'Ravenous, Hairy Ogre' Microbe May Represent Entirely New Branch on the Tree of Life

Rows of flagella lend the microbe <i>Hemimastix kukwesjijk</i> a "hairy" appearance. (Image credit: The Simpson Lab, Dalhousie University)

Who needs aliens when there are bizarre life forms still to be discovered in Canada?

Scientists recently detected two previously unknown species of microbes in a Canadian dirt sample, and the specimens were so unusual that the researchers had to reorganize the tree of life to make room for them.

The microbes, also known as protists, belong to a group with the tongue-twisting name hemimastigotes, and the first-ever genetic analysis of these peculiar microorganisms revealed that they were even stranger than anyone suspected. [Magnificent Microphotography: 50 Tiny Wonders]

Hemimastigotes, first observed in the 1800s, were previously classified as a phylum within a much larger group known as a super-kingdom, though it was unclear where exactly they belonged.

But new DNA evidence showed that they deviated dramatically from all other forms of life in that super-kingdom. In fact, hemimastigotes may represent an entirely new super-kingdom unto themselves, demanding a brand-new branch on the tree of life, scientists reported in a new study.

Named for a monster

Like other hemimastigotes, the newfound species has an oblong body surrounded by rows of threadlike flagella; under the 3D magnification of scanning electron microscopy, the creatures somewhat resemble hairy pumpkin seeds.

New microbe species are organisms that deserve their own "supergroup." (Image credit: The Simpson Lab, Dalhousie University)

"They tend to scuttle around somewhat awkwardly ­— superficially, they look like ciliates (another major group of 'hairy-looking' cells) but swim in a less coordinated manner," study co-author Yana Eglit, a doctoral candidate in biology at Dalhousie University in Canada, told Live Science in an email.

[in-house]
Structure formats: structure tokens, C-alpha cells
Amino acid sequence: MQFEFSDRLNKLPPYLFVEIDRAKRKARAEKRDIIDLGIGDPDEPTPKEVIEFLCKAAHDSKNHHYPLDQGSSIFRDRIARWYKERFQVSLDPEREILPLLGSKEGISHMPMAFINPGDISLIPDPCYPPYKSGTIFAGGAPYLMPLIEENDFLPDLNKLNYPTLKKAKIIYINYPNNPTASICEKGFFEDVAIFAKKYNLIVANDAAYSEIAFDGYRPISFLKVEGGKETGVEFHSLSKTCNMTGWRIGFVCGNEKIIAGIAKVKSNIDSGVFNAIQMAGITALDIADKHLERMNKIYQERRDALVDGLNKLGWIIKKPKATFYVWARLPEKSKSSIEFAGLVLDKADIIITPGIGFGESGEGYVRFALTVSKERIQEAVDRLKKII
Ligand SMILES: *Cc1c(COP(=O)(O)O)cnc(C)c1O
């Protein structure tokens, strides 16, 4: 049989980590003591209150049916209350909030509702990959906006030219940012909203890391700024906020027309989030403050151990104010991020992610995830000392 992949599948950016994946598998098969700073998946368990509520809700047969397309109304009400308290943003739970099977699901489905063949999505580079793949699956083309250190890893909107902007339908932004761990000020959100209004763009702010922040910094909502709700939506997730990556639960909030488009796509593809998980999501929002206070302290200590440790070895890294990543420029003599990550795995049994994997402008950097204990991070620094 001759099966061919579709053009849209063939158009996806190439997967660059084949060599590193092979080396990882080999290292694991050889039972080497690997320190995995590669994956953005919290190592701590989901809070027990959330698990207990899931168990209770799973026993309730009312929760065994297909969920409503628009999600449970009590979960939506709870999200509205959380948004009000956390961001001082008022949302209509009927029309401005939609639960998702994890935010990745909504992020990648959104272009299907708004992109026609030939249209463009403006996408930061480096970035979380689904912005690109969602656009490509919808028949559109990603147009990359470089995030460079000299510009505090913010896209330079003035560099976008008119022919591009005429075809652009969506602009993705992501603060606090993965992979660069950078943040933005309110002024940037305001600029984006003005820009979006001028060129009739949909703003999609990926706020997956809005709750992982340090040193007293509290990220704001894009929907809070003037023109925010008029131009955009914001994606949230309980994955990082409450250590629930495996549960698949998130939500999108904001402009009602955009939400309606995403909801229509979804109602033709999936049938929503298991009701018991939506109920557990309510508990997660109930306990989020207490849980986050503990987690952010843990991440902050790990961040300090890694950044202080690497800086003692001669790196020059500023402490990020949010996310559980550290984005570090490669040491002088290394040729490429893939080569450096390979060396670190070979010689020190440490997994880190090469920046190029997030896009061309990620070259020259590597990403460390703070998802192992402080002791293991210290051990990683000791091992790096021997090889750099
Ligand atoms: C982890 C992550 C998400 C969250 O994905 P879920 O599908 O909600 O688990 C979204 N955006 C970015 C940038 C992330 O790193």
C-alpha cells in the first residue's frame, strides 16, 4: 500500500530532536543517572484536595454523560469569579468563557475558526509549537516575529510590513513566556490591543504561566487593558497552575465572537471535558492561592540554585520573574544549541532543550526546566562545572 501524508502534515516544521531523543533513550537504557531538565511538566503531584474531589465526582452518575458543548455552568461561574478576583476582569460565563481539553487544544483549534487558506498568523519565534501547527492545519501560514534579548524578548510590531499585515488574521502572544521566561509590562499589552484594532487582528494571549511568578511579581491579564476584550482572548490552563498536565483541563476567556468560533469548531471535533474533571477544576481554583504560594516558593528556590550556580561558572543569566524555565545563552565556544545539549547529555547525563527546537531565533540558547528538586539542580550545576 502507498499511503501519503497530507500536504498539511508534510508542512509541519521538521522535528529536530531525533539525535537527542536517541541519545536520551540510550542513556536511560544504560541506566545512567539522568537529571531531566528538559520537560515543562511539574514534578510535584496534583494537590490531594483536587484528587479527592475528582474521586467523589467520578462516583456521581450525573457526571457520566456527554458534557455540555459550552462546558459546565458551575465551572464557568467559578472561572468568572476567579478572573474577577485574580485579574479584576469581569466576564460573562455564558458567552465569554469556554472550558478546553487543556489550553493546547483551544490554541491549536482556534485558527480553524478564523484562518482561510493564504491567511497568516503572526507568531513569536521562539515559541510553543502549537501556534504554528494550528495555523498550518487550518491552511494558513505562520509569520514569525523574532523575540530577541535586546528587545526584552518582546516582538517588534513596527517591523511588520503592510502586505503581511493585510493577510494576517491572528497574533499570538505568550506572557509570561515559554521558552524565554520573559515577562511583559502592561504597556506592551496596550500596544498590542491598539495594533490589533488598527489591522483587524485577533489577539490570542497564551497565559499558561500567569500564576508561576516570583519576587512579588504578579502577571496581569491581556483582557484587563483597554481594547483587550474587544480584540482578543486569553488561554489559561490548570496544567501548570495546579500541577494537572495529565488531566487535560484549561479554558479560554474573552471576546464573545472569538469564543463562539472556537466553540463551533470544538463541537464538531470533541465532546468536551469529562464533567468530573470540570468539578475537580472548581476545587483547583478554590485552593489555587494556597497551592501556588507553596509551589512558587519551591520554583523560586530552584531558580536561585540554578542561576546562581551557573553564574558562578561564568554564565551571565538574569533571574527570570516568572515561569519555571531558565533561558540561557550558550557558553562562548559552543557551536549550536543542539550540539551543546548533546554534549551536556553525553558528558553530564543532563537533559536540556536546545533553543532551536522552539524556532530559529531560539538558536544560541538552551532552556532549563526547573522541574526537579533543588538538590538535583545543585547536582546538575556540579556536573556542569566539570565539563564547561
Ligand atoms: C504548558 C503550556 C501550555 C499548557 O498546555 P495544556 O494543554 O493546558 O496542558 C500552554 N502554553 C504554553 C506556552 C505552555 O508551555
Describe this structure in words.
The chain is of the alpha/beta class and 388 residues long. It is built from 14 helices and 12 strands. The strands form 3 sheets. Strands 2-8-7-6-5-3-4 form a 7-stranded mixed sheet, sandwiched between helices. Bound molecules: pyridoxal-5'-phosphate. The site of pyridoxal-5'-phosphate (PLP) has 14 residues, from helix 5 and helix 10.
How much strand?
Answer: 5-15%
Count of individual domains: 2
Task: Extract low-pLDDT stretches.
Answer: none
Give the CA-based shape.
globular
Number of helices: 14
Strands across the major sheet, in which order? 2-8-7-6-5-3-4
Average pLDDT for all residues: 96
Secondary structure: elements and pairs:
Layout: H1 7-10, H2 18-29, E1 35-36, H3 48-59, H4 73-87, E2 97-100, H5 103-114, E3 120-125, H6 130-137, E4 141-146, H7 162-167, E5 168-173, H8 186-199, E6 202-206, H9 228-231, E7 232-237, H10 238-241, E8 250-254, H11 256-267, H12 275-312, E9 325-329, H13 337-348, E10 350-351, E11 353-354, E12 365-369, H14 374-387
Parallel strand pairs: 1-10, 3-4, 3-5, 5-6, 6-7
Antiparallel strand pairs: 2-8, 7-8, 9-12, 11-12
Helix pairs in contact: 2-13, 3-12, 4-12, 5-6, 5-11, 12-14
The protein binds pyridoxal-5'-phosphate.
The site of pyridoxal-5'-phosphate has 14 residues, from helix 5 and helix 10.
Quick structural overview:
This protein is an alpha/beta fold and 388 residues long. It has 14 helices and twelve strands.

Eglit collected the oddball organisms while she was hiking along a trail in Nova Scotia; whenever she and her colleagues are outdoors, they are almost always on the lookout for still-undiscovered microbes in a range of habitats — "from beach sands to lakes to soil at our feet," Eglit told Live Science.

"Of course, if we see some unusual puddle or salt lake or whatever, we can sample those too. We're opportunists that way," Eglit said.

Nova Scotia is a territory of the Mi'kmaq First Nation, so the scientists gave one of the new microbes a name inspired by a creature in Mi'kmaq folklore. "Kukwes" is described by the Mi'kmaq people as "a ravenous, hairy ogre," and the newfound microbe, now known as Hemimastix kukwesjijk, is a voracious predator that reminded the scientists of the hirsute ogre, according to the study.

Using a technique known as single-cell transcriptomics, the scientists looked into individual cells in the microbes. They observed the activity of messenger RNA (mRNA) molecules, as they ferried information between hundreds of genes.

Previous evaluations of hemimastigotes classified them by the size and shape of their visible structures. By sequencing this genetic information, the scientists were able to categorize hemimastigotes with unprecedented accuracy, unveiling a lineage that holds a unique position among other eukaryotes — organisms with a membrane-wrapped nucleus.

"It's a branch of the 'Tree of Life' that has been separate for a very long time, perhaps more than a billion years, and we had no information on it whatsoever," lead study author Alastair Simpson, a biology professor at Dalhousie University, said in a statement.

The study's findings highlight hemimastigotes' previously unrecognized importance for interpreting the evolution of complex cellular life — from piecing together the origins of cell infrastructure to resolving relationships between Earth's very first organisms, the study authors reported.

"This discovery literally redraws our branch of the 'Tree of Life' at one of its deepest points," Simpson said. "It opens a new door to understanding the evolution of complex cells — and their ancient origins — back well before animals and plants emerged on Earth."

The findings were published online Nov. 14 in the journal Nature (opens in new tab).

Originally published on Live Science.

Mindy Weisberger

Mindy Weisberger is a Live Science editor for the channels Animals and Planet Earth. She also reports on general science, covering climate change, paleontology, biology, and space. Mindy studied film at Columbia University; prior to Live Science she produced, wrote and directed media for the American Museum of Natural History in New York City. Her videos about dinosaurs, astrophysics, biodiversity and evolution appear in museums and science centers worldwide, earning awards such as the CINE Golden Eagle and the Communicator Award of Excellence. Her writing has also appeared in Scientific American, The Washington Post and How It Works Magazine.